Defending Those Who Defend Us®

Discharged under Don’t Ask Don’t Tell? Upgrade your discharge characterization to HONORABLE, in addition to other positive changes

According to a pending Senate Bill, since World War II click more than 100,000 Service Members are estimated to have been discharged from the military because of their sexual orientation. Many of these Service Members were assigned discharge characterizations that were not honorable. After 1993 when DADT went into effect, some Service Members may have received honorable discharge characterizations, but other notations (narrative reasons including the word “homosexual” or reentry/reenlistment codes barring reenlistment) on their DD Form 214 were likely polarizing and harmful. One or more of these notations could render these Service Members completely or partially disqualified from accessing benefits earned (such as education tuition assistance, veterans’ health care, and disability compensation); put them at risk of discrimination and threaten their privacy; stifle employment opportunities; bar receipt of any kind of government assistance; and destroy the right to possess firearms and the right to VOTE!

Separately or taken together, one can see how these various factors can have devastating lifelong consequences and financial impact. However, source IF YOU ARE ONE OF THESE SERVICE MEMBERS, THE TIDE HAS FINALLY TURNED! Effective September 20, 2011, after repeal of DADT, the Under Secretary of Defense issued a policy that generally directed Service Boards to grant Service Members’ requests for discharge characterization upgrades, changes of narrative reasons for discharge, changes of separation and separation program designator (SPD) codes, and changes of reentry/reenlistment codes when the following two conditions are met:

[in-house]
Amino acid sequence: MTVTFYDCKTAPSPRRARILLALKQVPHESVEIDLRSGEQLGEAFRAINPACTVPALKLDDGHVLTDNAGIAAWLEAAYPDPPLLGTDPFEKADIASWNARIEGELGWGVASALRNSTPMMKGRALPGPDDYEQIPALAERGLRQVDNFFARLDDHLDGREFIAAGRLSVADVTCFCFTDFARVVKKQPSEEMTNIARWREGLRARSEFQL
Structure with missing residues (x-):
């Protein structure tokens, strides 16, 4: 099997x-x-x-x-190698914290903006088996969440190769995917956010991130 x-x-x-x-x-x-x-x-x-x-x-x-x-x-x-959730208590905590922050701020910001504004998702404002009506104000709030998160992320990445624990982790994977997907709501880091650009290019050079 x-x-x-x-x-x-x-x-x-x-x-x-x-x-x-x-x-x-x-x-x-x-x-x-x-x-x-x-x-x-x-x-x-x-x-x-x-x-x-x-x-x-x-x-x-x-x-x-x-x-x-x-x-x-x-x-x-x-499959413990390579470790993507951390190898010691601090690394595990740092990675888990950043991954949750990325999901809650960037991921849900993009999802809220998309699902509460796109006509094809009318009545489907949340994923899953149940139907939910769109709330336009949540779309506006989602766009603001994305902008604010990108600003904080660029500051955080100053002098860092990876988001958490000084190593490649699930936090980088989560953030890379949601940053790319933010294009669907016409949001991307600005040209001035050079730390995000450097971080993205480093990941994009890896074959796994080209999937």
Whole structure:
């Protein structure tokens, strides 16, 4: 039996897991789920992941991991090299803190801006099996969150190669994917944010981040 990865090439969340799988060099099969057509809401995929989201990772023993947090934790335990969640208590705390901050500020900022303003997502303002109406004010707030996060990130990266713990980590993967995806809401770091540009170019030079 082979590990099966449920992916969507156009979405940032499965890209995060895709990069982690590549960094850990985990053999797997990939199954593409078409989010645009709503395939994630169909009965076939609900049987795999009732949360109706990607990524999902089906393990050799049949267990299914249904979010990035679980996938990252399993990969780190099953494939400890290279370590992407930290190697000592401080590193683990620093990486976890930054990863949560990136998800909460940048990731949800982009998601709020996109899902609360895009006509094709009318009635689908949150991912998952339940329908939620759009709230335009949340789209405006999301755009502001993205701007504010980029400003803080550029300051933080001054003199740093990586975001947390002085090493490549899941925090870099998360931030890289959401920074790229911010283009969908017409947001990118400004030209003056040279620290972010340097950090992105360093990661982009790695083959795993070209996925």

1. The original discharge was based solely on DADT or a similar policy in place prior to the enactment of DADT
  2. There were no aggravating factors in the record, such as misconduct. The policy further directed that award of an honorable or general discharge should be considered absent of aggravating factors.

We have a client that, in a nutshell, was discharged for a homosexual act simply because she kissed another female sailor – that’s right, KISSED. In addition to securing an honorable discharge, we were able to obtain changes to every possible notation, on our client’s newly corrected DD Form 214 and service records, by filing a detailed, multiple page argument, with supporting documentation to the Board for Correction of Naval Records (BCNR). seroquel 1500 mg Although practically 20 years after discharge, our client’s life and future have been profoundly impacted by the positive result we were able to obtain for her from the BCNR. Following is what our client had to say about her experience: “I have always had a strong calling to serve my country and community. This upgrade has now allowed me to pursue my dreams of a career in law enforcement, and continue military service. I am currently in the application process with my local sheriff department, and have spoken to Air Force Reserve Recruiters for opportunities to proudly serve. I owe it all to Brandy and the Military Justice Attorneys!”

If you were discharged under DADT or a similar law and want to upgrade your discharge characterization and/or have other notations changed in your service records and on your DD Form 214, please don’t wait any longer–call or contact an MJA attorney now to arrange your free initial consultation. (Law current as of 2016 April 20.)

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